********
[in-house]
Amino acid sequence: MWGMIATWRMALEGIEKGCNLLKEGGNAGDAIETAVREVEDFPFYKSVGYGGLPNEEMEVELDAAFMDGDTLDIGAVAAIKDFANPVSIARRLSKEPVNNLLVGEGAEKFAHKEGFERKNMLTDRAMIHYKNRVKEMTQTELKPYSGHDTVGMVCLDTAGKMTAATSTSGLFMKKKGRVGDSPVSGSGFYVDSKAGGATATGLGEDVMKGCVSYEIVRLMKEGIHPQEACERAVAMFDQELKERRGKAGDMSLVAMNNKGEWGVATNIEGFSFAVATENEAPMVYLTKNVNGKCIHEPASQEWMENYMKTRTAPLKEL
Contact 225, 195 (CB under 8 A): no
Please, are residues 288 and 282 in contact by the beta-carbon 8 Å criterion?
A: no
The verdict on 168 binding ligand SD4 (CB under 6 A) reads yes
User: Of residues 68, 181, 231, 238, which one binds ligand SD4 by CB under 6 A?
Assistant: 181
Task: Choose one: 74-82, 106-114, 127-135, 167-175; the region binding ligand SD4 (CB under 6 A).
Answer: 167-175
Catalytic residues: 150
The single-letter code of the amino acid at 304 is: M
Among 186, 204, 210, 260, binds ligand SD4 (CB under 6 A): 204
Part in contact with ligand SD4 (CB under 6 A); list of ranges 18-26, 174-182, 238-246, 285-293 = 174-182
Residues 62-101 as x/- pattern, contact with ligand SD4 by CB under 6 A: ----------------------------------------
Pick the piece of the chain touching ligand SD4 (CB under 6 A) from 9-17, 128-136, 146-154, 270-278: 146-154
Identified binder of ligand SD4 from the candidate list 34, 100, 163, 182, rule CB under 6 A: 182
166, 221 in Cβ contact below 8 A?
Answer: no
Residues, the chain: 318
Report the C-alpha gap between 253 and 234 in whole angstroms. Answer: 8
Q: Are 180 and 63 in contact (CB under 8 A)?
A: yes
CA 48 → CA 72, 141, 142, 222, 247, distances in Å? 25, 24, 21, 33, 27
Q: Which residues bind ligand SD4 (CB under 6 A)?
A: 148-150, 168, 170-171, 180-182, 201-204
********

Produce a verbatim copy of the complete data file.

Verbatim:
[in-house]
Amino acid sequence: MWGMIATWRMALEGIEKGCNLLKEGGNAGDAIETAVREVEDFPFYKSVGYGGLPNEEMEVELDAAFMDGDTLDIGAVAAIKDFANPVSIARRLSKEPVNNLLVGEGAEKFAHKEGFERKNMLTDRAMIHYKNRVKEMTQTELKPYSGHDTVGMVCLDTAGKMTAATSTSGLFMKKKGRVGDSPVSGSGFYVDSKAGGATATGLGEDVMKGCVSYEIVRLMKEGIHPQEACERAVAMFDQELKERRGKAGDMSLVAMNNKGEWGVATNIEGFSFAVATENEAPMVYLTKNVNGKCIHEPASQEWMENYMKTRTAPLKEL
Contact 225, 195 (CB under 8 A): no
Please, are residues 288 and 282 in contact by the beta-carbon 8 Å criterion?
A: no
The verdict on 168 binding ligand SD4 (CB under 6 A) reads yes
User: Of residues 68, 181, 231, 238, which one binds ligand SD4 by CB under 6 A?
Assistant: 181
Task: Choose one: 74-82, 106-114, 127-135, 167-175; the region binding ligand SD4 (CB under 6 A).
Answer: 167-175
Catalytic residues: 150
The single-letter code of the amino acid at 304 is: M
Among 186, 204, 210, 260, binds ligand SD4 (CB under 6 A): 204
Part in contact with ligand SD4 (CB under 6 A); list of ranges 18-26, 174-182, 238-246, 285-293 = 174-182
Residues 62-101 as x/- pattern, contact with ligand SD4 by CB under 6 A: ----------------------------------------
Pick the piece of the chain touching ligand SD4 (CB under 6 A) from 9-17, 128-136, 146-154, 270-278: 146-154
Identified binder of ligand SD4 from the candidate list 34, 100, 163, 182, rule CB under 6 A: 182
166, 221 in Cβ contact below 8 A?
Answer: no
Residues, the chain: 318
Report the C-alpha gap between 253 and 234 in whole angstroms. Answer: 8
Q: Are 180 and 63 in contact (CB under 8 A)?
A: yes
CA 48 → CA 72, 141, 142, 222, 247, distances in Å? 25, 24, 21, 33, 27
Q: Which residues bind ligand SD4 (CB under 6 A)?
A: 148-150, 168, 170-171, 180-182, 201-204